Antiphospholipid syndrome occurs when the immune system mistakenly creates antibodies that increase the rates of clots forming in the blood in the legs, kidneys, lungs, and brain, and may lead to dangerously high blood pressure, miscarriage or stillbirth.
The drug defibrotide that promises to treat the condition is a complex mixture of short segments of DNA purified from pig intestine cells and is currently used to treat blockages in the blood vessels of the liver after stem cell transplantation.
In exclusive statements to “Sky News Arabia”, Jason Knight, senior author of the study and associate professor of rheumatology at the University of Michigan, said that he and his team tested whether there was a scientific case for reusing defibrotide to treat severe forms of antiphospholipid syndrome.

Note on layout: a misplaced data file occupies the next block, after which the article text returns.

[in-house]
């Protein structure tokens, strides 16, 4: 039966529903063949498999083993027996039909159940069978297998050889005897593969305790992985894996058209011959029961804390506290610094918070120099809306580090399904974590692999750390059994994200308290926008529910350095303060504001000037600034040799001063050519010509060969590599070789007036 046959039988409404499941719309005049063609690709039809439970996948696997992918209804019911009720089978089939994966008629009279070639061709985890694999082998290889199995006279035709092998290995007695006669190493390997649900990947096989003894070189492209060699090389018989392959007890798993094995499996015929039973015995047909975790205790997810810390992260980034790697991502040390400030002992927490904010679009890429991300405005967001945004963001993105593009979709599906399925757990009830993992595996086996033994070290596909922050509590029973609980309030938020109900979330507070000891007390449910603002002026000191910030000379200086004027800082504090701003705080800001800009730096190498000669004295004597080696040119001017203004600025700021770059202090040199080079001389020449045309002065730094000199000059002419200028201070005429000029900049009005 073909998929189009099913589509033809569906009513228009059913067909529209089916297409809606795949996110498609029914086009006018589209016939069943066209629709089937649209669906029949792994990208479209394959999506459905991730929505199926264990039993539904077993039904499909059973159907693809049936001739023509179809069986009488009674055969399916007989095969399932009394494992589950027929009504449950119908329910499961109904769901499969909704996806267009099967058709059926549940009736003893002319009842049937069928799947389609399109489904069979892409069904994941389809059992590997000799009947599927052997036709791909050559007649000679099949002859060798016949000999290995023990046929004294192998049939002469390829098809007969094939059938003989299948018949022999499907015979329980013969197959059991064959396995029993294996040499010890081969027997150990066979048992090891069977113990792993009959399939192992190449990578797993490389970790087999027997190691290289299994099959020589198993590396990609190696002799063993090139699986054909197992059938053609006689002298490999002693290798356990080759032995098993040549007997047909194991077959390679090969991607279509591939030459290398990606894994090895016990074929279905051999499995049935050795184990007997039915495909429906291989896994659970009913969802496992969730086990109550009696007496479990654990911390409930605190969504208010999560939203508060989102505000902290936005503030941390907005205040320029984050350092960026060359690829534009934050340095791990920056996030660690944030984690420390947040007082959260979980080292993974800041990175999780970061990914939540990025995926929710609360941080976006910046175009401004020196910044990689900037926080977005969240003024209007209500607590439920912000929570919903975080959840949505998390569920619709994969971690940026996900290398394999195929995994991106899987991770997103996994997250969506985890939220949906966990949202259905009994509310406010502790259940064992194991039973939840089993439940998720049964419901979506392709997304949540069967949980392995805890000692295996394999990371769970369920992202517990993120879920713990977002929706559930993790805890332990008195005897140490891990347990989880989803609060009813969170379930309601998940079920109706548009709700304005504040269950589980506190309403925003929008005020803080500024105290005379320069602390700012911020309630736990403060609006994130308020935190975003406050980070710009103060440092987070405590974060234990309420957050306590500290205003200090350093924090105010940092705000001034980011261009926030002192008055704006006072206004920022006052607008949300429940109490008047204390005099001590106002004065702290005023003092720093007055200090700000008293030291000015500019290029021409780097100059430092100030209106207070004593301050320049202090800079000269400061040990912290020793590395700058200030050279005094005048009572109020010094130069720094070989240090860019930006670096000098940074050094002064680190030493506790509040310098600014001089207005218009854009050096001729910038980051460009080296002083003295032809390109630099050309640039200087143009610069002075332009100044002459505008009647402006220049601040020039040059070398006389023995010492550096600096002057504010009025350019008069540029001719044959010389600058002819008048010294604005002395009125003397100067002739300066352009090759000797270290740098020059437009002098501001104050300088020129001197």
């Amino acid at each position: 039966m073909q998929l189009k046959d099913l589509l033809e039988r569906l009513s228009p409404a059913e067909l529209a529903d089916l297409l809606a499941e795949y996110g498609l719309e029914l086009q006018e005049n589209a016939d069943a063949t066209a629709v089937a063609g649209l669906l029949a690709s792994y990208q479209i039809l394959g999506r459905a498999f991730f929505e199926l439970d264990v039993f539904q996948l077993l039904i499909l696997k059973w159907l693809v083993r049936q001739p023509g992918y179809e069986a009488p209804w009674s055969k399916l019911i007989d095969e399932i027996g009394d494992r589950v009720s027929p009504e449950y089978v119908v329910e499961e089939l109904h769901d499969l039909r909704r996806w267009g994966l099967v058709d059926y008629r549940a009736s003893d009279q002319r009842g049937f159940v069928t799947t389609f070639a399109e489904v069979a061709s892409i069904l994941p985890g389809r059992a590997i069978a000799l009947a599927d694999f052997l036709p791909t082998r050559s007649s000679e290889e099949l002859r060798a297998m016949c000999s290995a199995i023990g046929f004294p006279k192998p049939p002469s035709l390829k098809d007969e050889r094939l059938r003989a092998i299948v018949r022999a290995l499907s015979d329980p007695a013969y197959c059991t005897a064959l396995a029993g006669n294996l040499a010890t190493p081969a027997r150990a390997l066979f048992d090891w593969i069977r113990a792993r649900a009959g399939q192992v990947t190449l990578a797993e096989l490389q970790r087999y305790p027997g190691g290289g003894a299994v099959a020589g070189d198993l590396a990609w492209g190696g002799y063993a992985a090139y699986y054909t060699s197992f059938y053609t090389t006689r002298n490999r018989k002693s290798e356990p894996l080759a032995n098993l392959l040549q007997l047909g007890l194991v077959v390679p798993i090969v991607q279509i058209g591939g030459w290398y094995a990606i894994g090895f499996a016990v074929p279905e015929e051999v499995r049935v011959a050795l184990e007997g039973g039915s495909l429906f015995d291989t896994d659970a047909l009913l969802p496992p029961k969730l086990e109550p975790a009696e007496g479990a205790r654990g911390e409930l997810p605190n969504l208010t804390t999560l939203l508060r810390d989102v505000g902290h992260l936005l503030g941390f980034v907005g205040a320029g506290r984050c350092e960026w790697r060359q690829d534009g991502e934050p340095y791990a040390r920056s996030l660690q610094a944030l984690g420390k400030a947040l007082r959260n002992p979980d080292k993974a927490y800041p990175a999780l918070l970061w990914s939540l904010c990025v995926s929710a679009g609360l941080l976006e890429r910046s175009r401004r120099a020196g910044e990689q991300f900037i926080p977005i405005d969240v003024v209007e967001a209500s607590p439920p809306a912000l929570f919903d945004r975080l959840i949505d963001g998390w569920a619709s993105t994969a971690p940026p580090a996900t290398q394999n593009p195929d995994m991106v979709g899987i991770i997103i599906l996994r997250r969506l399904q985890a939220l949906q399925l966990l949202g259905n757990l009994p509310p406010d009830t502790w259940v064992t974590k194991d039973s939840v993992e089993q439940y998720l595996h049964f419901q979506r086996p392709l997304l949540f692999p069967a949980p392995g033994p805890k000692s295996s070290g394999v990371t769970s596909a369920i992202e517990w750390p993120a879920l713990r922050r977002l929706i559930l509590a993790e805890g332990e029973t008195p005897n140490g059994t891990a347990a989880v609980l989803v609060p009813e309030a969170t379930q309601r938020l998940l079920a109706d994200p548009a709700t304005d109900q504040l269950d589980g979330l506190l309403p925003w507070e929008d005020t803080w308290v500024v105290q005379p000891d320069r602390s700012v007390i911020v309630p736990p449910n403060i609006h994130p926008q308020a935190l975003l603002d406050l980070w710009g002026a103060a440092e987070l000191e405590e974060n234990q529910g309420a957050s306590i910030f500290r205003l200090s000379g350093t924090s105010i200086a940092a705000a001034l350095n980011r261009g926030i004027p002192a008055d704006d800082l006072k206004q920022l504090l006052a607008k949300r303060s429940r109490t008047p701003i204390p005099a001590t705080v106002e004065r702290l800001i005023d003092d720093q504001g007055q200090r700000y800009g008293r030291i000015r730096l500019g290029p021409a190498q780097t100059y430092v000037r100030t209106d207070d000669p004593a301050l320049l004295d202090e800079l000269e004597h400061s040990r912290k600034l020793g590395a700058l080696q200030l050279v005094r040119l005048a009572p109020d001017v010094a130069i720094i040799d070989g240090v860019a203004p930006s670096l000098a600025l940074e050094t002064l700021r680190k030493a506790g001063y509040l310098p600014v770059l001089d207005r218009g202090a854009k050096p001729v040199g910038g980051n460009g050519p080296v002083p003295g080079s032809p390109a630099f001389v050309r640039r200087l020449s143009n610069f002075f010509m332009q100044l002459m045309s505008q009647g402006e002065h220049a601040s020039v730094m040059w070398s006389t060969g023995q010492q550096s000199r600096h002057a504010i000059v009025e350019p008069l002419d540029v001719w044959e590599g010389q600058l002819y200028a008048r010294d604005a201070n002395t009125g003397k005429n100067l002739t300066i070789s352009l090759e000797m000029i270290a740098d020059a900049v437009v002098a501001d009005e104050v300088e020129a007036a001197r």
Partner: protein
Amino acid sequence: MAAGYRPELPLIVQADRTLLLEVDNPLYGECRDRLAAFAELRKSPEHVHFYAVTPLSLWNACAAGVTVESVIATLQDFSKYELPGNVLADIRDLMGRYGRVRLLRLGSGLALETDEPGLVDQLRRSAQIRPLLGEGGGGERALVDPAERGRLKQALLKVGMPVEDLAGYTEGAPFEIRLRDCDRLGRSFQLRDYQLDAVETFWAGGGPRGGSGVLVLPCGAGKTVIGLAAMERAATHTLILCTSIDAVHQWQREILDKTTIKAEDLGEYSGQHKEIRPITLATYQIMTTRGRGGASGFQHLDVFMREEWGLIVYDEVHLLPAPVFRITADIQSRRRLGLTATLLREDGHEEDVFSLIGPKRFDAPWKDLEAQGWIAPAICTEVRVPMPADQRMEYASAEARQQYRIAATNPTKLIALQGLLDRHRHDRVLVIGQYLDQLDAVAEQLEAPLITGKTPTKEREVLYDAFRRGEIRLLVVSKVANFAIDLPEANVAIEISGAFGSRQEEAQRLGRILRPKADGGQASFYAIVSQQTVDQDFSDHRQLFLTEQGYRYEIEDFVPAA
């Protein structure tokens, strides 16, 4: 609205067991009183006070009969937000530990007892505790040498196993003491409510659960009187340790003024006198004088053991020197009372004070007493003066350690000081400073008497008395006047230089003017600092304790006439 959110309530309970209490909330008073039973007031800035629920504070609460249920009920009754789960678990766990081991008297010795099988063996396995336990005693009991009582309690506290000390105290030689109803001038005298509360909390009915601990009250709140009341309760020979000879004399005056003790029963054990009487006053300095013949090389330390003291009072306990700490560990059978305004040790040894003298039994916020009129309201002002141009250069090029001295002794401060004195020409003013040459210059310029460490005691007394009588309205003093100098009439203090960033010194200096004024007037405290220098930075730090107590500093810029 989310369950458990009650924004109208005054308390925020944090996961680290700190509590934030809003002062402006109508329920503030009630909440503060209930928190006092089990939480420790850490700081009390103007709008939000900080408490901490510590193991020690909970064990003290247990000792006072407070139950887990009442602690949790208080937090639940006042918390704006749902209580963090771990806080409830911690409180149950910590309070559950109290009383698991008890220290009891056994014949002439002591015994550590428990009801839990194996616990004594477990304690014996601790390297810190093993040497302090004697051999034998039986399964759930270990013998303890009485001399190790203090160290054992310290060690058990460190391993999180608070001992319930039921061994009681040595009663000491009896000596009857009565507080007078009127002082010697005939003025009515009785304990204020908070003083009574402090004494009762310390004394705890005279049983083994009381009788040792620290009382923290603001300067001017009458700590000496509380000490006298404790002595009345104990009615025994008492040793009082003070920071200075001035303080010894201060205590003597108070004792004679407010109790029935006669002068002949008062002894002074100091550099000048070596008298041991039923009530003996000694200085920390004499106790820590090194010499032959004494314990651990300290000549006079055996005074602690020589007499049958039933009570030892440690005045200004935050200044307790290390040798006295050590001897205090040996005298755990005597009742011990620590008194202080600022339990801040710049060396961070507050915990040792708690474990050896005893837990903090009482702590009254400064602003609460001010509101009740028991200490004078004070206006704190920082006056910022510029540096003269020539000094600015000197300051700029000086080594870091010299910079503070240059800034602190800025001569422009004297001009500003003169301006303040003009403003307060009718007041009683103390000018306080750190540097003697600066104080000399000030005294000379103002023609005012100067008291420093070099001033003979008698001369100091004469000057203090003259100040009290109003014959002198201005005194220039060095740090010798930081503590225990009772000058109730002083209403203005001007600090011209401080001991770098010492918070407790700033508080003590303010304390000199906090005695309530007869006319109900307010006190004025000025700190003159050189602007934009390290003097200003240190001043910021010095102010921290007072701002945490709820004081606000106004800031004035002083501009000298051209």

A 20-year-old report documented that defibrotide saved a patient with antiphospholipid syndrome who was at risk of stroke, and over the years, doctors continued to point to defibrotide as a potential treatment, but no one has delved into the research, Knight says.
He adds, “The hope was that the research on this condition, might pave the way for a proper clinical trial, and the research proved that defibrotide is very effective in stopping a type of overactive white blood cell in APS cases, called neutrophils, which are responsible for blood clotting. “.
In response to a question about the role of the drug in treating all cases of thrombosis, Knight said: “We have not studied all situations, but we believe that defibrotide is likely to achieve positive results in cases of blood clots that result from cancer, as well as Covid-19.”
As for the drug’s success rate in treating blood clots, Knight points out that they still need to follow the preclinical study with a clinical trial, not only to find out the success rates with patients, but also to determine the smartest ways to find out which patients are likely to get the most benefits. We hope to make significant progress in this regard over the next two years.